Now, what’s incredibly clever about this strategy is the appeal to charity. By giving the victim the option of donating cash instead, the person feels good, thinking that they’re supporting a hockey team and providing newspapers to hospital patients and their loving families. How can you say no to that? But what isn’t so obvious is that the newspaper company still gets their cut of the profits. See, either way, you’re buying a newspaper. Worse, they never make it clear how much of that $10 or $20 would actually go to this presumably financially strapped hockey team. For all you or I know, the newspaper company keeps half of that money (or more), and given that a monthly subscription to the Sun is around $20, that’s a pretty good deal for a one-time newspaper donation.
It’s really quite clever. Heck, even I got sucked in, and I pride myself on seeing through these transparent rouses. I guess this is what happens when you combined the evil of marketing with the powers of psychology.
So, you remember that dead EPIA board, right? Yeah, the one I was going to use in my Living Room Frontend as part of my MythTV project? Well, after shipping it Fedex some time last week, it finally arrived at Logic Supply yesterday morning, and underwent testing. And can you guess what happened? Oh yes, I bet you can! The board booted just fine for them! Oooh, surprise surprise.
But, how can that be, you ask? Didn’t it exhibit some odd behaviour, such as powering up without the power switch being hit? Well, according to the support guy at LS, the board comes with AC loss auto-restart enabled by default! What this means is that, if it notices the AC get connected, it will automatically boot itself (which is good for a system you want on all the time). This mislead me into believing something was going wrong, when in fact it wasn’t. This, coupled with the fact that the board simply won’t POST without RAM installed, lead me to believe the board was toast when it was, in all probability, the RAM the whole time.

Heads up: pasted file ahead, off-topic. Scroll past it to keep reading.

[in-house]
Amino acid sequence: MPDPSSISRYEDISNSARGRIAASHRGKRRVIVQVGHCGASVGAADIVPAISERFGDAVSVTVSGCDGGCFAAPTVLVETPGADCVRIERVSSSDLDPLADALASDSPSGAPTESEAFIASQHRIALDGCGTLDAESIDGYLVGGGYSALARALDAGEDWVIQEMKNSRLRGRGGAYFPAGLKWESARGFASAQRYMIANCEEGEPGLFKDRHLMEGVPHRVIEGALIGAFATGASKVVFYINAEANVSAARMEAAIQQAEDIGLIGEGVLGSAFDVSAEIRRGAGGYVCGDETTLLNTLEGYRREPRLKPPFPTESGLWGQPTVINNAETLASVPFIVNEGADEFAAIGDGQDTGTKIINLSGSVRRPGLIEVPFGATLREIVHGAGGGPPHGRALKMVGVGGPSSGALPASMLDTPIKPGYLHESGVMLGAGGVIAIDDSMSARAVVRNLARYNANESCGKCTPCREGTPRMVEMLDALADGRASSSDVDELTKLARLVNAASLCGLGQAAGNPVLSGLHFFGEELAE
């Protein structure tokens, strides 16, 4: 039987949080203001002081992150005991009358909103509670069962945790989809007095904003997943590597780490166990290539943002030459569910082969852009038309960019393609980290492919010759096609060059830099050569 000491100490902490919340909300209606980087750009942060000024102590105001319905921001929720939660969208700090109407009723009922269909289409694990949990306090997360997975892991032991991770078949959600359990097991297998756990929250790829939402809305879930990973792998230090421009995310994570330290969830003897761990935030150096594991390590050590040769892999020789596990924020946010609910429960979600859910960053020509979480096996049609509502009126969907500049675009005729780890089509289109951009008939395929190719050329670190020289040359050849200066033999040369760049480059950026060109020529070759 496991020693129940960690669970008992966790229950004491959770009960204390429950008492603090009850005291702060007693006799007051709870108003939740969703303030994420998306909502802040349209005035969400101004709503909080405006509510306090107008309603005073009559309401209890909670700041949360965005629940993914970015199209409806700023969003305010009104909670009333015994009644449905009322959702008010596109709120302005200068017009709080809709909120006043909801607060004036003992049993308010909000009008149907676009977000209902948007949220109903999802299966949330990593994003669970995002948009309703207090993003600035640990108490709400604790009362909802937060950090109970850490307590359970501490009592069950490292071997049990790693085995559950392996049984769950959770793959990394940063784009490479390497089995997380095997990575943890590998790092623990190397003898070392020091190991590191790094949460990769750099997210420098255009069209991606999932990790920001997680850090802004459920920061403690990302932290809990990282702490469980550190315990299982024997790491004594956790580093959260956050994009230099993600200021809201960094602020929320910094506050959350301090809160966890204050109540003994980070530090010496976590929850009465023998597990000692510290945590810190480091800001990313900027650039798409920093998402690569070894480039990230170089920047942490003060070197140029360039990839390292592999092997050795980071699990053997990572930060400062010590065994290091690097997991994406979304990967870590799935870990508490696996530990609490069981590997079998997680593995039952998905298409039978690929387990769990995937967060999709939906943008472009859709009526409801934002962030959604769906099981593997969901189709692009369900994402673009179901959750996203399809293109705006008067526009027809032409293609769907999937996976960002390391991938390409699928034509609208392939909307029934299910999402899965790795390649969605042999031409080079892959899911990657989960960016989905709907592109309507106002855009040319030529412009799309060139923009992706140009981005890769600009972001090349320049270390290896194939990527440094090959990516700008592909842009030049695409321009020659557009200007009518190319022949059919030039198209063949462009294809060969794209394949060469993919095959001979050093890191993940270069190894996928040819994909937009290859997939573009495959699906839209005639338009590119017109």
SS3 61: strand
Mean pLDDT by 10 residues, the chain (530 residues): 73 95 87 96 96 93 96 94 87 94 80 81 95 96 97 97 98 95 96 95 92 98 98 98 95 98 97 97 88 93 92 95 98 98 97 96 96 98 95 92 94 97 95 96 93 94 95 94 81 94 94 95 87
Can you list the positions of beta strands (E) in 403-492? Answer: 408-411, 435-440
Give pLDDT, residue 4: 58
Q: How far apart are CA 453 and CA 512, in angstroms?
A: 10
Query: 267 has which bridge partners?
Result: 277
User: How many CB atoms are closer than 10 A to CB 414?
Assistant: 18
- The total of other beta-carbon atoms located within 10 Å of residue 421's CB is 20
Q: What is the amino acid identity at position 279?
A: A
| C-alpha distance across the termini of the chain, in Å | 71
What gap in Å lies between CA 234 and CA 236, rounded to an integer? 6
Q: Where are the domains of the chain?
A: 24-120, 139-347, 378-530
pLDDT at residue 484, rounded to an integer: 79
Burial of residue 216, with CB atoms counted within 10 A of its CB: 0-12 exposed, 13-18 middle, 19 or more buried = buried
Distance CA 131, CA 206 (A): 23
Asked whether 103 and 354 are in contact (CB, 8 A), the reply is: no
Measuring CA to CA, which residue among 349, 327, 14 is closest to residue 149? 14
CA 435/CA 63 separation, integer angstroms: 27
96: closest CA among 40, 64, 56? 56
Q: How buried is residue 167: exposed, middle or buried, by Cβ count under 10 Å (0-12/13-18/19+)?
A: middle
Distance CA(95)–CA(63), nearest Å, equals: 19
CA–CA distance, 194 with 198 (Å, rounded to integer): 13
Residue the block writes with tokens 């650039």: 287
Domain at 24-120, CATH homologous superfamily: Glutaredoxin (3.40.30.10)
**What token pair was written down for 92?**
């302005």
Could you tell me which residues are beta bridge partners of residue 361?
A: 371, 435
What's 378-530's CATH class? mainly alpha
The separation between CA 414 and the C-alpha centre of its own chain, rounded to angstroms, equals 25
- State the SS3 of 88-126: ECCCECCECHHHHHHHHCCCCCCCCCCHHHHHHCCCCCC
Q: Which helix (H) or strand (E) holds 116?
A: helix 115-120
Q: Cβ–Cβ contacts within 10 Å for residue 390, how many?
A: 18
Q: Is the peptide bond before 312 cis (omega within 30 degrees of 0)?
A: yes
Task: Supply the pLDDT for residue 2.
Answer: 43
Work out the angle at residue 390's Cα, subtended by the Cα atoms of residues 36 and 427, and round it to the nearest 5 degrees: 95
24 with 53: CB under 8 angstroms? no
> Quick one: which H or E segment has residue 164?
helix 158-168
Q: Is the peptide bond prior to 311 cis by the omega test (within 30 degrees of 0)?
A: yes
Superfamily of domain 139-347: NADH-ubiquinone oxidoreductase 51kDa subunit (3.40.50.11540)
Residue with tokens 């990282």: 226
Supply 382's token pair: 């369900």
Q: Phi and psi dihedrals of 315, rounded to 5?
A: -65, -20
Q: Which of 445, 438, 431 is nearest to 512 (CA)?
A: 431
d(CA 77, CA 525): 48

Damnit I hate hardware hacking.
Anyway, the bright side of all this is that Andy, another co-worker/buddy of mine, was visiting Princeton, New Jersey (where our corporate head office is). So, on the return path, I had LS overnight the board to Princeton for $25, and then I had Andy bring it back across the border. Result? Three day turn-around on the cheap!
Unfortunately, now I have a problem. I need to test my RAM. However, I’m not yet aware of a DDR2-compatible box that I can utilize for the purpose. And until I can verify the memory, I can’t really move forward on the FE. Did I mention how much I hate hardware hacking?
Things were going so well. The MythTV Backend is now built and humming away quietly in my basement, Fedora Core installed and working nicely. The only minor glitch being some issues with the onboard NIC, though nothing that can’t be solved. Really, it was all going too well.
And then the other shoe dropped.
A couple of days ago, the board for my Living Room Frontend finally arrived after much waiting, whining, complaining, etc. When it finally showed up, I eagerly went home and mounted the board in the lovely Antec case I bought (at which point I realized the EPIA board could also fit in micro-ITX case… it looked so tiny in the mini-ITX Antec). I then wired up all the connectors, routed all the wiring nice and cleanly, and then went to install the RAM. Which didn’t fit. Why? Well, you see, I ordered DDR memory. I then decided to opt for the EPIA EN12000EG instead of the M6000. The M6000 takes DDR. The EN… takes DDR2. $80 blown. Doh.